At 25 years old, Ballard didn’t have the money to open her shop, so instead of the looming debt of a bank loan, her parents, who completely support her passion, lent her the cash, which she is almost done paying back.

“I remember on the phone one day talking to my mom, she was like, ‘Hey, I know I’m helping you, but if someone’s going to offer you help during this, you need to accept it, Sam.’ I don’t know where the pride came from. I don’t know why this huge independence..,” she says. “The biggest thing is guilt. I don’t want to feel like I owe anybody shit. And this [the business], I owe a lot of people a lot of stuff going forward,” she admits. 

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While studying cosmetology, she wound up doing the eyebrows of her class peers. “Haircutting never made sense to me. But brows. There was a class of 22 girls and I did all their eyebrows,” she says.

Though the world of hair and beauty can be glamorous, there are sacrificial downsides. Ballard has had health issues because of her career, from calluses and bleeding fingers to TMJ flare ups and back problems. “I can start to feel it in my wrist sometimes. Like when I’m really busy,” she says. “Repetitive motion is really hard on the body. And that’s a big thing in the cosmetology world. You only have so many years of being able to do it until your body just deteriorates,” she says.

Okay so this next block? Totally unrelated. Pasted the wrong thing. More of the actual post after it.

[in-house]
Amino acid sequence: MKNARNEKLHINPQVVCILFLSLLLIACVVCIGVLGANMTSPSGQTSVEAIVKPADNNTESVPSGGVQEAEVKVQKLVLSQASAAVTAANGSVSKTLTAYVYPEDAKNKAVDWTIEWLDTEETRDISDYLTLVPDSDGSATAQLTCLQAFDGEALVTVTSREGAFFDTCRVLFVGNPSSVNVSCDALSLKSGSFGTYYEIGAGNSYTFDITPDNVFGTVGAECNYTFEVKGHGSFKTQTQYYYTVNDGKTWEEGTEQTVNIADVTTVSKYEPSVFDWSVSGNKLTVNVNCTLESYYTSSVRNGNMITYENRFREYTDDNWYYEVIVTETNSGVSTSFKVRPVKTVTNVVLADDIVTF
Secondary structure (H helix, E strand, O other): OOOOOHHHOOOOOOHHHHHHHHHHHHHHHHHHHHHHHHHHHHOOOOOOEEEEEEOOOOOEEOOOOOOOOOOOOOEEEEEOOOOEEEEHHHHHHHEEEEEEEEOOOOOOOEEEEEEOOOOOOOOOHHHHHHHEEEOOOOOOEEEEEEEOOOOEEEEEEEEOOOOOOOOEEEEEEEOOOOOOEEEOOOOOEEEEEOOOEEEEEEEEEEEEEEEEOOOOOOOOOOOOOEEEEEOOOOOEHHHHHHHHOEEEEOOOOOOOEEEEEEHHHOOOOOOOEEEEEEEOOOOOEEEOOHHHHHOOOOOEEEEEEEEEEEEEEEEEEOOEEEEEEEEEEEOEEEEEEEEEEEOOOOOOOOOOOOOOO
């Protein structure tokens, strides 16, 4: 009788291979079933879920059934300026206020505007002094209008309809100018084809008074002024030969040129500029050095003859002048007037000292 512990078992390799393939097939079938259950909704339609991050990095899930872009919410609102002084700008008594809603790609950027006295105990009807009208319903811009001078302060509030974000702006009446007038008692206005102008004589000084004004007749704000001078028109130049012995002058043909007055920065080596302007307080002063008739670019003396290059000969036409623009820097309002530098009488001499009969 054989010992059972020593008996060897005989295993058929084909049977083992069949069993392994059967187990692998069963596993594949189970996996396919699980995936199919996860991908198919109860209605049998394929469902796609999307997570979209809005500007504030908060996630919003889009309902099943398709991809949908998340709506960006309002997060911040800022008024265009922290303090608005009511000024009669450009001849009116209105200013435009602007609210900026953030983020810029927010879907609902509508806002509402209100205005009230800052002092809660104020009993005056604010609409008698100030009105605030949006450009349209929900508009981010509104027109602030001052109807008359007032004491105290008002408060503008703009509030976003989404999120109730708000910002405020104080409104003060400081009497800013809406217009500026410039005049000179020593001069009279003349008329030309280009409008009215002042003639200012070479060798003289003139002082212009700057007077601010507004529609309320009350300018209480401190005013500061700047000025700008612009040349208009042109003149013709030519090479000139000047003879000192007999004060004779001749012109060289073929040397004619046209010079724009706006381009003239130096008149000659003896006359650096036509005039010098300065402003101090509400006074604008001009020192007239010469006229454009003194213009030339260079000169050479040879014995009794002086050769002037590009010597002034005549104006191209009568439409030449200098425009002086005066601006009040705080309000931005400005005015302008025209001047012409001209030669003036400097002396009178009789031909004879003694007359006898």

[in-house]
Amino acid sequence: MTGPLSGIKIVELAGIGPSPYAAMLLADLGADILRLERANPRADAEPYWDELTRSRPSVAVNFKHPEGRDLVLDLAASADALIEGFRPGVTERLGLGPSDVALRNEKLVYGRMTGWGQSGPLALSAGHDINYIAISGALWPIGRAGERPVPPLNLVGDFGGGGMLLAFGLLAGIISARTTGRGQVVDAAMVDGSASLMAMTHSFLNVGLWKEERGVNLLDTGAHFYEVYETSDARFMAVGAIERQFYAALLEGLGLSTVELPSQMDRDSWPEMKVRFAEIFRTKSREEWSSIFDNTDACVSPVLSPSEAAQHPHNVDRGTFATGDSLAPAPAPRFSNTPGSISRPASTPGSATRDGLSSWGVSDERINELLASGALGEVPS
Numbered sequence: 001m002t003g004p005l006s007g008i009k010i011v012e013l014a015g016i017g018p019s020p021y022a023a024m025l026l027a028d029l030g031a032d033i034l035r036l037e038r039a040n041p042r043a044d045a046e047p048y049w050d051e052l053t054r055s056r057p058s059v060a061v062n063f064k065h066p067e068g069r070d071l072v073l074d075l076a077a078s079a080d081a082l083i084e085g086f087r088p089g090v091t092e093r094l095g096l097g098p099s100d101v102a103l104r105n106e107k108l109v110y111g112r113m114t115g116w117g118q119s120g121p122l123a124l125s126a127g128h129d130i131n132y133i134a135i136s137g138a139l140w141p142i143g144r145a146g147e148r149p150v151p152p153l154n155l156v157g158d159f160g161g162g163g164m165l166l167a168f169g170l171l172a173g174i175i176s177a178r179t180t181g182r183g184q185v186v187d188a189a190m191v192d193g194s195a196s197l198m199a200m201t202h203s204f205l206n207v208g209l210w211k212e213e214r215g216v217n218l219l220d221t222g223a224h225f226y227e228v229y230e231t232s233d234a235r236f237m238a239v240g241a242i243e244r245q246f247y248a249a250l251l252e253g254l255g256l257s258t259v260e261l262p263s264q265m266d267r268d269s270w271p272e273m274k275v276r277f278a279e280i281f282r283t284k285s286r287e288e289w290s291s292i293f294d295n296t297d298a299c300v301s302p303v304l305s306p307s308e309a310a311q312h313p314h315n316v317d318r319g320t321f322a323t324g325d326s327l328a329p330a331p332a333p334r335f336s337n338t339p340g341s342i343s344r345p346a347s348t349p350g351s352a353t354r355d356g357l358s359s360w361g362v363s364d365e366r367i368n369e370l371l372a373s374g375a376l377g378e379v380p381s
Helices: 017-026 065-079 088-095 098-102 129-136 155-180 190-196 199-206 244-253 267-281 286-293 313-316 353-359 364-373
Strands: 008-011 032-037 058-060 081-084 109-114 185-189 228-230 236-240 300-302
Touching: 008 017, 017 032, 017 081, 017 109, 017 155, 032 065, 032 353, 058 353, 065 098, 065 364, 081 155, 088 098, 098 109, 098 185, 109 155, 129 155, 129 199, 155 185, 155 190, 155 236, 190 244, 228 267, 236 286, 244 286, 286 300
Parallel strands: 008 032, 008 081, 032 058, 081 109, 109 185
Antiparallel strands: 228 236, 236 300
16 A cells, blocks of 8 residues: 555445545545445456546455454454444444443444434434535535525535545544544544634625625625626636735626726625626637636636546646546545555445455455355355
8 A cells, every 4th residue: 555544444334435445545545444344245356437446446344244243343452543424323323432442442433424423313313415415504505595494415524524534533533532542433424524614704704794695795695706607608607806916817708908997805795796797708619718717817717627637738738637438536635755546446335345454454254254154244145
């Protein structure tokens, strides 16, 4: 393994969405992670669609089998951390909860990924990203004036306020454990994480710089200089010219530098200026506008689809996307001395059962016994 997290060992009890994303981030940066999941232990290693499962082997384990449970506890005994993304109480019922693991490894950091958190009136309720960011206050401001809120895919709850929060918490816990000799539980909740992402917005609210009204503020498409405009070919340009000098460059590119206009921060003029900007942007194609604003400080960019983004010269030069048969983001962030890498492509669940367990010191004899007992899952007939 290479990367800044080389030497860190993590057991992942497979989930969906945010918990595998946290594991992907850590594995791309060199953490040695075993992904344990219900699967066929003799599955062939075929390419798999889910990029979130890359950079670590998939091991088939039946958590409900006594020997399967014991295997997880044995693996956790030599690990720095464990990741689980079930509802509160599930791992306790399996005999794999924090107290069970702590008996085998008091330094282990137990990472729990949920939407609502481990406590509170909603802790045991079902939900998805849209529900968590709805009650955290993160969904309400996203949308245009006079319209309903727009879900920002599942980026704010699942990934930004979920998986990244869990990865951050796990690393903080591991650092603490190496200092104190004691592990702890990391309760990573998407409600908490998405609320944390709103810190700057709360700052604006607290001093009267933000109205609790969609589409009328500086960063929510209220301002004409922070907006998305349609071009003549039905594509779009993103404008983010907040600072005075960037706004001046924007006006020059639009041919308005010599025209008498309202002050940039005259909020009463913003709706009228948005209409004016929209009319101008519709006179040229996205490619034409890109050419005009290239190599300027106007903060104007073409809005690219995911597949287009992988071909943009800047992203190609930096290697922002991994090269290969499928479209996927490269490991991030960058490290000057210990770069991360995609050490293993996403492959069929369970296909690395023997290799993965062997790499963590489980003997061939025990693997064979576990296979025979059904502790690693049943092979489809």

Like a game of Cat’s Cradle using different limbs of the body, Ballard illustrates the different techniques used in threading. Threading is a method of hair removal using cotton or polyester thread. “You can use your feet. I use my neck now. You can just use your hands.” With the thread wrapped around her foot, she depicts how one would use just their big toe, like a sewing machine, “Not stitching links together, but removing links,” she humors.

Since she’s been doing eyebrows, Ballard looks at people differently. “Before I started doing eyebrows, I’d always look at eyes. Now I look at eyebrows and then I look at your eyes. And in my head I’m just shaping them,” she admits. 

Though Ballard doesn’t believe that everyone has to get their eyebrows done, she sees how things are shifting aesthetically during the current age of covering half our faces. “I think they’re important now, too, because we’re wearing masks, and that’s all people see on our faces is eyebrows and your eyes, and it makes a difference when you get them done, makes them pop,” she emphasizes.